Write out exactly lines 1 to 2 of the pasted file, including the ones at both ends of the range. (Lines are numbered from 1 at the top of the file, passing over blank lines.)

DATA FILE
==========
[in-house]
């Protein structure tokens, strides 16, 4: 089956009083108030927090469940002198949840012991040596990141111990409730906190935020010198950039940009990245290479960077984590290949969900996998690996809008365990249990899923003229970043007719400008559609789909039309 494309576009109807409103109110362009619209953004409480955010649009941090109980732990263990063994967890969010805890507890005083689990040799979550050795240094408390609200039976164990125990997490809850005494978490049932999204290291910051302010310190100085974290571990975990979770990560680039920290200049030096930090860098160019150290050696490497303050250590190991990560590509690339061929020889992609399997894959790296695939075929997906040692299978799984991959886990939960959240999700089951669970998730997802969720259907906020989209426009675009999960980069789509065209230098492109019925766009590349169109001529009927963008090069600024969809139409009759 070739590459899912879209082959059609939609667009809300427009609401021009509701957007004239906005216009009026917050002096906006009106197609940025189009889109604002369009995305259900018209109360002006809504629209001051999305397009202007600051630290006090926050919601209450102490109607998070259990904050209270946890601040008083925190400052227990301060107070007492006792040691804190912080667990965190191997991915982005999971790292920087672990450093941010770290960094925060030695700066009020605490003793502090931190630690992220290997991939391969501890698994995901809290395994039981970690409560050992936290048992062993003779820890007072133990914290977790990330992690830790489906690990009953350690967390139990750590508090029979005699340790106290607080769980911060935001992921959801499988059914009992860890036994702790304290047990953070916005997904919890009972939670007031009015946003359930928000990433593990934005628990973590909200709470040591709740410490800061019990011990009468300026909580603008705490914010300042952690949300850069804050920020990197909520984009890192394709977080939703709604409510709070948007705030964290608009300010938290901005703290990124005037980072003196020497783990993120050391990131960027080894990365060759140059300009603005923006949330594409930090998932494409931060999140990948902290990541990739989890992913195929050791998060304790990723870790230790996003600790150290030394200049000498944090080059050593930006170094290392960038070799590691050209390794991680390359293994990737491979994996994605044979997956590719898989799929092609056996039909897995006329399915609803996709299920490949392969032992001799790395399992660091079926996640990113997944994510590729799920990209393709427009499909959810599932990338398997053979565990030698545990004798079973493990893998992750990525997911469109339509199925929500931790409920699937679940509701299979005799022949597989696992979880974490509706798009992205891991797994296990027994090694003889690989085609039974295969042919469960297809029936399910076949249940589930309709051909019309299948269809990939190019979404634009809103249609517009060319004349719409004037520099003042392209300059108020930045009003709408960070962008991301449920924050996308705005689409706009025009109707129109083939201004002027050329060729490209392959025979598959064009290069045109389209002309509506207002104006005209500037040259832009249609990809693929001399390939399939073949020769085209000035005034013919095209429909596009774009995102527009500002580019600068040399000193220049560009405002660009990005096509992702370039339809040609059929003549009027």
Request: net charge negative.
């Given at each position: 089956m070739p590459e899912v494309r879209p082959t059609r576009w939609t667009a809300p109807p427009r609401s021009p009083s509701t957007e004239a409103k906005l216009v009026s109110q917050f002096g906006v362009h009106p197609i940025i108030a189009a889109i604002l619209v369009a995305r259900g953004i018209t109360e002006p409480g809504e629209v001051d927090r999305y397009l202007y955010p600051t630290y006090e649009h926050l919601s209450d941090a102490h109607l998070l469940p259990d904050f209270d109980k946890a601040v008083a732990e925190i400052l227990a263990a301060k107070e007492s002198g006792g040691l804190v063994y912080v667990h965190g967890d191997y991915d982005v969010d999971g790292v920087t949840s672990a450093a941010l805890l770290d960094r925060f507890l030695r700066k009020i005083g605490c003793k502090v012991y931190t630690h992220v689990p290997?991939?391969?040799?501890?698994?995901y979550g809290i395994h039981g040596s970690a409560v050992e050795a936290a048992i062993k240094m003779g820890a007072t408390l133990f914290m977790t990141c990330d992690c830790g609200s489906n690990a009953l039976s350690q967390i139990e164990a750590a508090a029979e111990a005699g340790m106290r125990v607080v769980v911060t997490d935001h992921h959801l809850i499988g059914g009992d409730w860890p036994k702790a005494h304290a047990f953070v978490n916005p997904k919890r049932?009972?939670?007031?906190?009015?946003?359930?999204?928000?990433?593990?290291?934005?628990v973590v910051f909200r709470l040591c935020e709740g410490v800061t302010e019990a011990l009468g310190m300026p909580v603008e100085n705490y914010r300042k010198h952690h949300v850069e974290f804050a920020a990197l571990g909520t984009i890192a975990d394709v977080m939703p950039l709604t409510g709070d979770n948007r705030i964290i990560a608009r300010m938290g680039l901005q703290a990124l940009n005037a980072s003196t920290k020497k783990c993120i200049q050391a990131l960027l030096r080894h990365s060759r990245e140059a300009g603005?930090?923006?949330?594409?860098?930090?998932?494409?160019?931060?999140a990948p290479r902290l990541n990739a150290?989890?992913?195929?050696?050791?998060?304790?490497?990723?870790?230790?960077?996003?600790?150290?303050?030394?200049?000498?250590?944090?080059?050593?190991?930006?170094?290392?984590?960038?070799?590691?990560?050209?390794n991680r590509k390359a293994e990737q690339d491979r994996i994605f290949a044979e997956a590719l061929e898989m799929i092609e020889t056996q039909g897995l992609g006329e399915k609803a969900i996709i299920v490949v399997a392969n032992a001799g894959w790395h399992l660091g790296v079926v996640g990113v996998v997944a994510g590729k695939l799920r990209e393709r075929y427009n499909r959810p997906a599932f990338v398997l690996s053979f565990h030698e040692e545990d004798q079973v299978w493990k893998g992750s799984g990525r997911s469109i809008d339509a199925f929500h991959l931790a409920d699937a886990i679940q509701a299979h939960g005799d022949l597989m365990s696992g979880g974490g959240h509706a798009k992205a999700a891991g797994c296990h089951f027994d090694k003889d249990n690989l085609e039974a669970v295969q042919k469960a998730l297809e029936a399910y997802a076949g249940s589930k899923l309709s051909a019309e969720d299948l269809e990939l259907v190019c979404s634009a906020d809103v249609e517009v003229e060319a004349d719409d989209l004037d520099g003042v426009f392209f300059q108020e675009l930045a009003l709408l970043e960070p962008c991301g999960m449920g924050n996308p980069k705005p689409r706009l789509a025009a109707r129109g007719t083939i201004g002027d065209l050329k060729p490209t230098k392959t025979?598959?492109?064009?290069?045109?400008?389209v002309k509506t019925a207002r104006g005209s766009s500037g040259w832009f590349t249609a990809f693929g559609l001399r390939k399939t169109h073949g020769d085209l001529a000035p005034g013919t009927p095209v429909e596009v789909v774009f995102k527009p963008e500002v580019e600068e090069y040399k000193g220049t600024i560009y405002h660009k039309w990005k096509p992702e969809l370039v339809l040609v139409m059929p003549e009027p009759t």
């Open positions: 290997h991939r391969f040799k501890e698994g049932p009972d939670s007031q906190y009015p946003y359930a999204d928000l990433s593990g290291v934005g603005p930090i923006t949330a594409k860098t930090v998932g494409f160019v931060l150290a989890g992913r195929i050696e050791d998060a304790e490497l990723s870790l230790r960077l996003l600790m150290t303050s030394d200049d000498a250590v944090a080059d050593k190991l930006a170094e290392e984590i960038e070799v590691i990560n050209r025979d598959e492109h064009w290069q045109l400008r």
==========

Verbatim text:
[in-house]
């Protein structure tokens, strides 16, 4: 089956009083108030927090469940002198949840012991040596990141111990409730906190935020010198950039940009990245290479960077984590290949969900996998690996809008365990249990899923003229970043007719400008559609789909039309 494309576009109807409103109110362009619209953004409480955010649009941090109980732990263990063994967890969010805890507890005083689990040799979550050795240094408390609200039976164990125990997490809850005494978490049932999204290291910051302010310190100085974290571990975990979770990560680039920290200049030096930090860098160019150290050696490497303050250590190991990560590509690339061929020889992609399997894959790296695939075929997906040692299978799984991959886990939960959240999700089951669970998730997802969720259907906020989209426009675009999960980069789509065209230098492109019925766009590349169109001529009927963008090069600024969809139409009759 070739590459899912879209082959059609939609667009809300427009609401021009509701957007004239906005216009009026917050002096906006009106197609940025189009889109604002369009995305259900018209109360002006809504629209001051999305397009202007600051630290006090926050919601209450102490109607998070259990904050209270946890601040008083925190400052227990301060107070007492006792040691804190912080667990965190191997991915982005999971790292920087672990450093941010770290960094925060030695700066009020605490003793502090931190630690992220290997991939391969501890698994995901809290395994039981970690409560050992936290048992062993003779820890007072133990914290977790990330992690830790489906690990009953350690967390139990750590508090029979005699340790106290607080769980911060935001992921959801499988059914009992860890036994702790304290047990953070916005997904919890009972939670007031009015946003359930928000990433593990934005628990973590909200709470040591709740410490800061019990011990009468300026909580603008705490914010300042952690949300850069804050920020990197909520984009890192394709977080939703709604409510709070948007705030964290608009300010938290901005703290990124005037980072003196020497783990993120050391990131960027080894990365060759140059300009603005923006949330594409930090998932494409931060999140990948902290990541990739989890992913195929050791998060304790990723870790230790996003600790150290030394200049000498944090080059050593930006170094290392960038070799590691050209390794991680390359293994990737491979994996994605044979997956590719898989799929092609056996039909897995006329399915609803996709299920490949392969032992001799790395399992660091079926996640990113997944994510590729799920990209393709427009499909959810599932990338398997053979565990030698545990004798079973493990893998992750990525997911469109339509199925929500931790409920699937679940509701299979005799022949597989696992979880974490509706798009992205891991797994296990027994090694003889690989085609039974295969042919469960297809029936399910076949249940589930309709051909019309299948269809990939190019979404634009809103249609517009060319004349719409004037520099003042392209300059108020930045009003709408960070962008991301449920924050996308705005689409706009025009109707129109083939201004002027050329060729490209392959025979598959064009290069045109389209002309509506207002104006005209500037040259832009249609990809693929001399390939399939073949020769085209000035005034013919095209429909596009774009995102527009500002580019600068040399000193220049560009405002660009990005096509992702370039339809040609059929003549009027």